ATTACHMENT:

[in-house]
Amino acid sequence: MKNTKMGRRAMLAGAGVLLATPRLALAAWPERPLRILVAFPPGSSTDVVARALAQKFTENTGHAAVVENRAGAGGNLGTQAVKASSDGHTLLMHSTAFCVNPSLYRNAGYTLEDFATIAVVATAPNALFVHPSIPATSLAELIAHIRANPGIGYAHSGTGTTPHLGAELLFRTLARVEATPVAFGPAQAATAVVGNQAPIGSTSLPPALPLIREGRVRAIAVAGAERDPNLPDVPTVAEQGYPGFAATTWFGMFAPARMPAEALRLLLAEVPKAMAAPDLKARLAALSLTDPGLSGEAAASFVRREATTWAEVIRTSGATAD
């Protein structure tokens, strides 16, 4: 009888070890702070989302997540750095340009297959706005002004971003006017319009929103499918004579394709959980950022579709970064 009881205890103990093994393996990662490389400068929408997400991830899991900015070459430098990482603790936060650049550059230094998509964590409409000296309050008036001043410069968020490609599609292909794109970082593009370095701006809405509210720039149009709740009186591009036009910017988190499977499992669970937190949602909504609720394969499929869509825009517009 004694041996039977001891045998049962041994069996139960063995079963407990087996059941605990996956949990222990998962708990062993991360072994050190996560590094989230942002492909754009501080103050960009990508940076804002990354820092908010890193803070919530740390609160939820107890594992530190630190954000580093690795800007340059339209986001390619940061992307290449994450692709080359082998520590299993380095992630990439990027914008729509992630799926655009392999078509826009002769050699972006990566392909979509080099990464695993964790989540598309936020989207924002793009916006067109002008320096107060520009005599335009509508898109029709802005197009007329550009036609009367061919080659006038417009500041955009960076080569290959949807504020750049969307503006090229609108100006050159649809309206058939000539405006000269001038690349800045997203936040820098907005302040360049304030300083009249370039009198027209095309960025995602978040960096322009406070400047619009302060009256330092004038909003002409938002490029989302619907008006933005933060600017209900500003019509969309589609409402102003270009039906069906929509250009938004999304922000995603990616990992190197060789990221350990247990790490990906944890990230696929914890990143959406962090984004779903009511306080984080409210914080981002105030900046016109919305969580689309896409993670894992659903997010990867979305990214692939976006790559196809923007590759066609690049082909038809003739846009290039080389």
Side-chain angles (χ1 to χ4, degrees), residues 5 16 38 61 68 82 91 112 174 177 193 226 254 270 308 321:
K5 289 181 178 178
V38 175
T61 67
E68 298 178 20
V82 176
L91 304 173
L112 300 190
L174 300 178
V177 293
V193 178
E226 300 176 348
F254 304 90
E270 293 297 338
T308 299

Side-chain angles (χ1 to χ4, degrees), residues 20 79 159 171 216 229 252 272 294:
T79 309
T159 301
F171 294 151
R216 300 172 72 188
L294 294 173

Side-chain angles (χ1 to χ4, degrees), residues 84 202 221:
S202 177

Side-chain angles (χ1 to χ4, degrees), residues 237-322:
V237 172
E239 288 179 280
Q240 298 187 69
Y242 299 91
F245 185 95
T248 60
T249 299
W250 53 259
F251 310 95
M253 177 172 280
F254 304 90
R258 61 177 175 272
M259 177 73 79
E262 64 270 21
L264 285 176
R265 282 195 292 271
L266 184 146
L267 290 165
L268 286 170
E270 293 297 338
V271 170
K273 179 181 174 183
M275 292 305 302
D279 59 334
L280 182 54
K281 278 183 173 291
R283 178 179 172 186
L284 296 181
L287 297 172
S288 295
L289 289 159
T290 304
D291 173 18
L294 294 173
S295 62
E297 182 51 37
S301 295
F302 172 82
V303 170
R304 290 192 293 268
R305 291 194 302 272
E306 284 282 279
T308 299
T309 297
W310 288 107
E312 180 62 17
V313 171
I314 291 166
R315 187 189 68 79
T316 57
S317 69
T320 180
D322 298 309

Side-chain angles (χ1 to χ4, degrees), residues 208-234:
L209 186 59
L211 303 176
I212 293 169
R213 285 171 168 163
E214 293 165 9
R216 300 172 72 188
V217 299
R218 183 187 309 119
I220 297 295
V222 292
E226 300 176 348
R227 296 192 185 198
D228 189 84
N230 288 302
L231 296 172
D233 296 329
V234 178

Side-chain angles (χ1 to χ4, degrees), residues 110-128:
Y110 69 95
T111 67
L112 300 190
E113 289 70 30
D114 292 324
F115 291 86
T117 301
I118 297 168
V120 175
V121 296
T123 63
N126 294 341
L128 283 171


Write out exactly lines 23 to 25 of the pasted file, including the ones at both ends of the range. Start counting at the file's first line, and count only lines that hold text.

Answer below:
R216 300 172 72 188
L294 294 173

Side-chain angles (χ1 to χ4, degrees), residues 84 202 221: